The last two years have taught some of us that we might be more racist than we think, at least unconsciously. A research-based article in Mindful Magazine’s December 2021 issue argues that mindfulness exercises may give us tools to reduce unconscious bias. And I see the point.
Neuroscientist Wendy Hansenkamp, who is a visiting assistant professor at the University of Virginia, wrote the article. I cannot find the article online. But discussions about it and other information on mindfulness and bias are on the magazine’s website here.
She writes that “society, culture, media and power structures” can instill prejudice in our subconscious without us realizing it. The big idea is that engaging repeatedly in practices that increase awareness, focus on our similarities as humans, and develop care and kindness can combat this implicit bias.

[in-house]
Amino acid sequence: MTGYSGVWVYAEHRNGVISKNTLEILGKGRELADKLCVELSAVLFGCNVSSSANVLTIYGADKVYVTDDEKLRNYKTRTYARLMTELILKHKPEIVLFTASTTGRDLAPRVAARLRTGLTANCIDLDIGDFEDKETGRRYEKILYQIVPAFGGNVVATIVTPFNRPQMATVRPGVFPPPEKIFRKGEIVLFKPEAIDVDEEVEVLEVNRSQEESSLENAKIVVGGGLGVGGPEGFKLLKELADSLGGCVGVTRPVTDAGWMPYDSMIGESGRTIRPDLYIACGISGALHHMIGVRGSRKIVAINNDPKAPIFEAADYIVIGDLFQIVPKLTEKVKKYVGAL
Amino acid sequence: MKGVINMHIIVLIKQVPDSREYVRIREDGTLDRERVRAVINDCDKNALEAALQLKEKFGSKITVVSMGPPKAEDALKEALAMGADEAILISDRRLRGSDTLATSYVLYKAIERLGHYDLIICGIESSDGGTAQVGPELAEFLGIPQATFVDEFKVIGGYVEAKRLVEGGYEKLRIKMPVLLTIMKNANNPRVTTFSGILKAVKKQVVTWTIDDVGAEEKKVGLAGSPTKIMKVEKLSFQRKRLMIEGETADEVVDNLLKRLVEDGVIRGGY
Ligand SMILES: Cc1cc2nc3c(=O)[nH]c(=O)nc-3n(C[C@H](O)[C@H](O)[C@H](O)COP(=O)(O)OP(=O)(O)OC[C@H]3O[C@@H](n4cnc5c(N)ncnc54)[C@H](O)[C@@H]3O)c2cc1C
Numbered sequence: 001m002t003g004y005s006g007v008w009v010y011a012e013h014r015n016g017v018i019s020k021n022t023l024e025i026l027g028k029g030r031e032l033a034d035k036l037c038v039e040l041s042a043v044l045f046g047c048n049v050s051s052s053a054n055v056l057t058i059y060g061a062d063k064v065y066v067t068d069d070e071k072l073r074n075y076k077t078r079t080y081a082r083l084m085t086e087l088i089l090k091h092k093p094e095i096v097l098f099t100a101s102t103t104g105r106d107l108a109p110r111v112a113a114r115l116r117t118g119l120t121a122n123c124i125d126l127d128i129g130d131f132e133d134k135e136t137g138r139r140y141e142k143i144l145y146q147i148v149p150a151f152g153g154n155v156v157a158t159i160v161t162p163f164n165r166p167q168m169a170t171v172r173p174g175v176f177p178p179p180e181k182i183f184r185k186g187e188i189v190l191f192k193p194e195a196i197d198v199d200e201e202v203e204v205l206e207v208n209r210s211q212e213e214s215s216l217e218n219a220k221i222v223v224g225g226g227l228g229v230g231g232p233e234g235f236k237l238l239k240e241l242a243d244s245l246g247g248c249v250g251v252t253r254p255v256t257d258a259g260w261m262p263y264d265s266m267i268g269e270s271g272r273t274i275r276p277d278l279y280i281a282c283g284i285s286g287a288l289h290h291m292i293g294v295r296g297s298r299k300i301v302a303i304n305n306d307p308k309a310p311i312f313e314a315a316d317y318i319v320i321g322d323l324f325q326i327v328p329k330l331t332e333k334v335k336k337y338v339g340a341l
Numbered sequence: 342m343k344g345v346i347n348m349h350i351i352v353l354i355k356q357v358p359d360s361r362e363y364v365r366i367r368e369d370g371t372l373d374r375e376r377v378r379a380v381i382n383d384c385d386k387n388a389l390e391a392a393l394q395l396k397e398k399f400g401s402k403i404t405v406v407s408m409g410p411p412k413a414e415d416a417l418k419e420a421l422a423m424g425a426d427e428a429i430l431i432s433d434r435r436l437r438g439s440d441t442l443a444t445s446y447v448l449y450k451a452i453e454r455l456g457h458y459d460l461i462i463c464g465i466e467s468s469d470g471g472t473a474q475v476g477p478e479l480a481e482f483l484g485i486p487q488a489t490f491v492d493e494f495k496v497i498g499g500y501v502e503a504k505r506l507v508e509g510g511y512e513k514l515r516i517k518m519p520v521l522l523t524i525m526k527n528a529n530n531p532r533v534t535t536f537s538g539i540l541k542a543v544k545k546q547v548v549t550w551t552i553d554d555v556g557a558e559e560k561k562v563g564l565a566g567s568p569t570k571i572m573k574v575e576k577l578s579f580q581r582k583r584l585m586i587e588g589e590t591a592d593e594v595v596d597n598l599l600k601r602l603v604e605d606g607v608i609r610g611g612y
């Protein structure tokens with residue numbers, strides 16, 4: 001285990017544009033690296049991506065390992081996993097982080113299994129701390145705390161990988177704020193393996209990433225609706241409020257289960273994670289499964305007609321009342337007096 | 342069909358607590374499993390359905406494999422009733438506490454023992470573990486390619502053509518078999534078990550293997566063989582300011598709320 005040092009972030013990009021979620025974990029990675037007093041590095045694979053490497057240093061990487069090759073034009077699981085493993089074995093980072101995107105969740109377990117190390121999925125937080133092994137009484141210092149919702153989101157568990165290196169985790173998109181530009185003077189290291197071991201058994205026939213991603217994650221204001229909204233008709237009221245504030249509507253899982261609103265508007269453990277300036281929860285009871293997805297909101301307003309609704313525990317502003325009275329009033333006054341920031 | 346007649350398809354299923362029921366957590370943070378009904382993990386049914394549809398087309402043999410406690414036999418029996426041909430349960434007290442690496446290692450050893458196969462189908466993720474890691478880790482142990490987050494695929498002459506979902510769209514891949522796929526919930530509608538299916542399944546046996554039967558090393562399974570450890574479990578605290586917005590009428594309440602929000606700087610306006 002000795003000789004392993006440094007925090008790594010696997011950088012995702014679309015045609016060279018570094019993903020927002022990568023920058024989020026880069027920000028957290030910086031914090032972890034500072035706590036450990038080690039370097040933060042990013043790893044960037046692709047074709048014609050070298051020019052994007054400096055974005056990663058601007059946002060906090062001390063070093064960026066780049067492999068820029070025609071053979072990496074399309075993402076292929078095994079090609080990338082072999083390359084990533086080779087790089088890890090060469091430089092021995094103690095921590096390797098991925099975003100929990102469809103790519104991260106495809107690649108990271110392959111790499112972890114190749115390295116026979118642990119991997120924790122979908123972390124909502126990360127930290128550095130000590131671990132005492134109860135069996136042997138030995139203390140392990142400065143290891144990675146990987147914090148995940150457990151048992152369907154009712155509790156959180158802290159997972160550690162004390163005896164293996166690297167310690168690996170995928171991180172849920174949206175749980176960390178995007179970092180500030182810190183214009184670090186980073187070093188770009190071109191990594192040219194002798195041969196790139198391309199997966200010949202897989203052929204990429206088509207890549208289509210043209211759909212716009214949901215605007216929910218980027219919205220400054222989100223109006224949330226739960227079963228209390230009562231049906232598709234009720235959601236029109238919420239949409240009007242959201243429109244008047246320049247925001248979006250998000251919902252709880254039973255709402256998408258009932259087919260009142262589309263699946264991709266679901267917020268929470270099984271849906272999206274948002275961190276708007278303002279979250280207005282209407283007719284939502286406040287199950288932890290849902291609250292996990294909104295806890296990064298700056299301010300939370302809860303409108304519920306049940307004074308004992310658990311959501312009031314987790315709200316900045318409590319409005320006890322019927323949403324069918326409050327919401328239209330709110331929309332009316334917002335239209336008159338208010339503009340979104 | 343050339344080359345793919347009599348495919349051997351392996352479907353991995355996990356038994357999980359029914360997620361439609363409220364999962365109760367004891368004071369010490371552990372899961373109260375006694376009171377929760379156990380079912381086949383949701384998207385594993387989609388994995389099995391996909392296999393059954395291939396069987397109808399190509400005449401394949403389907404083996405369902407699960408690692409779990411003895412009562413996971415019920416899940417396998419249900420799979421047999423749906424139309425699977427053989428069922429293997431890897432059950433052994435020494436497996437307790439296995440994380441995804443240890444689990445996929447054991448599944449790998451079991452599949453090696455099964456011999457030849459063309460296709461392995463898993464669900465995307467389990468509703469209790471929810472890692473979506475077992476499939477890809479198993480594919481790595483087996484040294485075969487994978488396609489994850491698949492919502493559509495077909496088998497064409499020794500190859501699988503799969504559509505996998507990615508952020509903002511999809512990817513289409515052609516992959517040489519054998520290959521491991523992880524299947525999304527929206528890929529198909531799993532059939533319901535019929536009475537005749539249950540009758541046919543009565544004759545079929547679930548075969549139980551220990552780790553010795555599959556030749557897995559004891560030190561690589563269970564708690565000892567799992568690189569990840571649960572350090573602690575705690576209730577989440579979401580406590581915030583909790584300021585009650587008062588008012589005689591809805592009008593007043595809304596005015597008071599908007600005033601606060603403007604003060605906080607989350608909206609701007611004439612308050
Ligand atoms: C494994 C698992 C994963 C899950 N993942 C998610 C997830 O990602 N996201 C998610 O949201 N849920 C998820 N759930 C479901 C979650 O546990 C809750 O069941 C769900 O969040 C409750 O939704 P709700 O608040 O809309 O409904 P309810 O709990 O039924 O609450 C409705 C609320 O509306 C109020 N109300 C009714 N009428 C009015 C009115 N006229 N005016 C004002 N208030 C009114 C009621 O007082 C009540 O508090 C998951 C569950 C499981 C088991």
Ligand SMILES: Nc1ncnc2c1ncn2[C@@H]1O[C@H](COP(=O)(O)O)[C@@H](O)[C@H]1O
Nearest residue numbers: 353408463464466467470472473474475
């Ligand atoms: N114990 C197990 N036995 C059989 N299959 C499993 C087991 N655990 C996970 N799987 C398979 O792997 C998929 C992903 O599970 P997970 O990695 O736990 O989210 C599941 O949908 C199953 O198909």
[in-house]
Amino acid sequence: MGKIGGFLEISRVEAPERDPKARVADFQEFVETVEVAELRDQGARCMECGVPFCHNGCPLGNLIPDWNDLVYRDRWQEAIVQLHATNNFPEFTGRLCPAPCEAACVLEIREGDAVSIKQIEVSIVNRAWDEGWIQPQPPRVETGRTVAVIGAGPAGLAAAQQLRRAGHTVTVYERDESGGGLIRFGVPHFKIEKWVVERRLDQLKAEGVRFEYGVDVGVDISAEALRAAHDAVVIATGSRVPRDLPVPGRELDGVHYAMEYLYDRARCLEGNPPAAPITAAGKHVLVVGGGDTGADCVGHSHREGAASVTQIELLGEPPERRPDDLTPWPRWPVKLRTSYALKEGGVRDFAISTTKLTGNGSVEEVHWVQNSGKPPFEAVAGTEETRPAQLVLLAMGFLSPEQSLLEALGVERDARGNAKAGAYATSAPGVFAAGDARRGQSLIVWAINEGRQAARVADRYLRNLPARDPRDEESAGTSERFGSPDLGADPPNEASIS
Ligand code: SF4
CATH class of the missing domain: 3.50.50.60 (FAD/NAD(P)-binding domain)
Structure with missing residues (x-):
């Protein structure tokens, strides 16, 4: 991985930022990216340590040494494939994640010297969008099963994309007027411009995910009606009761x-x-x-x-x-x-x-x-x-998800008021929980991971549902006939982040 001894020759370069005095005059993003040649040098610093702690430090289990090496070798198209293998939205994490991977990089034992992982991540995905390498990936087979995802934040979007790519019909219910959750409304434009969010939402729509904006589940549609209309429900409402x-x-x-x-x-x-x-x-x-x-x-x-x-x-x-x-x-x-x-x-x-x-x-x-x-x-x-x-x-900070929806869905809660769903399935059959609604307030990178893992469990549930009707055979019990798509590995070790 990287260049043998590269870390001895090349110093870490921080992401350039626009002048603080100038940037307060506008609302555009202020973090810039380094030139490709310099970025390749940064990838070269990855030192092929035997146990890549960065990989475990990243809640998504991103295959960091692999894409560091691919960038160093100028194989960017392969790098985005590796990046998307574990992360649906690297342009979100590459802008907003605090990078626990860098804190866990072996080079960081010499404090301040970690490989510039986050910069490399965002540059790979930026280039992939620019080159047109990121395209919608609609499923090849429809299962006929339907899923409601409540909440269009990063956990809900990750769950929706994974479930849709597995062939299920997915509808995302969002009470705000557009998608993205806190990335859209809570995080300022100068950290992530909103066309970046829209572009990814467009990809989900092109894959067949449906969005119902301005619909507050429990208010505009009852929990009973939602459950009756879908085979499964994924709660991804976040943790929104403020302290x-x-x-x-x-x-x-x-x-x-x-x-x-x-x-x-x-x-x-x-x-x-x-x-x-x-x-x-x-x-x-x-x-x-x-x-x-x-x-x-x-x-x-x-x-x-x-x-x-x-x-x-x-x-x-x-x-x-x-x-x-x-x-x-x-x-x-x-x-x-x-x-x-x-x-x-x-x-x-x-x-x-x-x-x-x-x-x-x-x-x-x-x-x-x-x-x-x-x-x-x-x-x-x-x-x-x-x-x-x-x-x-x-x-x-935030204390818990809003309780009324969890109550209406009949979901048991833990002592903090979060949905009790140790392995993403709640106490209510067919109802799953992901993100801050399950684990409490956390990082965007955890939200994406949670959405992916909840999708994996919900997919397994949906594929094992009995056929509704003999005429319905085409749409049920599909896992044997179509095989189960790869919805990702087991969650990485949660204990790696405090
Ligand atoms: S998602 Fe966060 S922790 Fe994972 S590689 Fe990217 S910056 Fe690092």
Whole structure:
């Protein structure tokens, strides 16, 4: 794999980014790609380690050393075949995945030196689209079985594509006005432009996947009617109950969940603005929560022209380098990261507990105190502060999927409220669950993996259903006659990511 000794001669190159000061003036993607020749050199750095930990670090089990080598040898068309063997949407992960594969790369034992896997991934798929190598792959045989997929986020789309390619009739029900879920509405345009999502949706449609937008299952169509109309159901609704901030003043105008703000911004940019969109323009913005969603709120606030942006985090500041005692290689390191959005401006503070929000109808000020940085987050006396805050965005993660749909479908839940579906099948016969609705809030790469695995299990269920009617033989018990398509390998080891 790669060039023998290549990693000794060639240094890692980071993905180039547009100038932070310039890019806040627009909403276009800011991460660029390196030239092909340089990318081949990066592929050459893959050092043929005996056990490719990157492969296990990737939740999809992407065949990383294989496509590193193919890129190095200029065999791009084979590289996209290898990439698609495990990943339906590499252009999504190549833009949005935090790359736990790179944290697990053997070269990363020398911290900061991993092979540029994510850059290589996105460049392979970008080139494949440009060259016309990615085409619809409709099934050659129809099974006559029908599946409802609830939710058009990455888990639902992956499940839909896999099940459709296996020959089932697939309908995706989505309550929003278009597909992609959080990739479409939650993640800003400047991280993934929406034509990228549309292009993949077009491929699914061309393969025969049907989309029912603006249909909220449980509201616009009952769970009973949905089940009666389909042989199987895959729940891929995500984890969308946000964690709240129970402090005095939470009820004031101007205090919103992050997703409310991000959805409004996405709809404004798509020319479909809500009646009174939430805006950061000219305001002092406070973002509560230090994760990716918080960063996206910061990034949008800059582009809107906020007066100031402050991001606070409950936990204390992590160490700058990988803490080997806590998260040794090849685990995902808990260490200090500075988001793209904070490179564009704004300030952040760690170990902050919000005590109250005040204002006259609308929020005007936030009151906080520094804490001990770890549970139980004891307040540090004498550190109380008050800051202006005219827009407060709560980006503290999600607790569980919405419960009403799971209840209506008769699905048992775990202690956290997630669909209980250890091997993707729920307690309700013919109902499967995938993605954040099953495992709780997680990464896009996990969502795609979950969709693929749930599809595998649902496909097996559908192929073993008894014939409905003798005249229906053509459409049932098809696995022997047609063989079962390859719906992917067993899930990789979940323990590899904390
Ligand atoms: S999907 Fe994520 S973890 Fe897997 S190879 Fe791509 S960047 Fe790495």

Hansenkamp goes into several studies that indicate that this works. I believe it on its face, and I think Christian mindfulness gives us an even better chance of rooting out stereotypes and subconscious fears.
She focuses most on the loving-kindness practice, which I have adapted for Christian mindfulness here. This practice retains enough distance from the subject to emphasize our common role as God’s beloved children. Hansenkamp also discusses a 2014 Yale study that showed that participants who had been practicing loving kindness reduced their implicit bias, while those who only learned and discussed the subject did not.
By seeing each individual around us as a creation of God and blessing those people in our words and actions, we can come closer to ending any unconscious prejudice we carry. Take a look at your practice and see if you can incorporate the faces of those different from you in your work on your own compassion.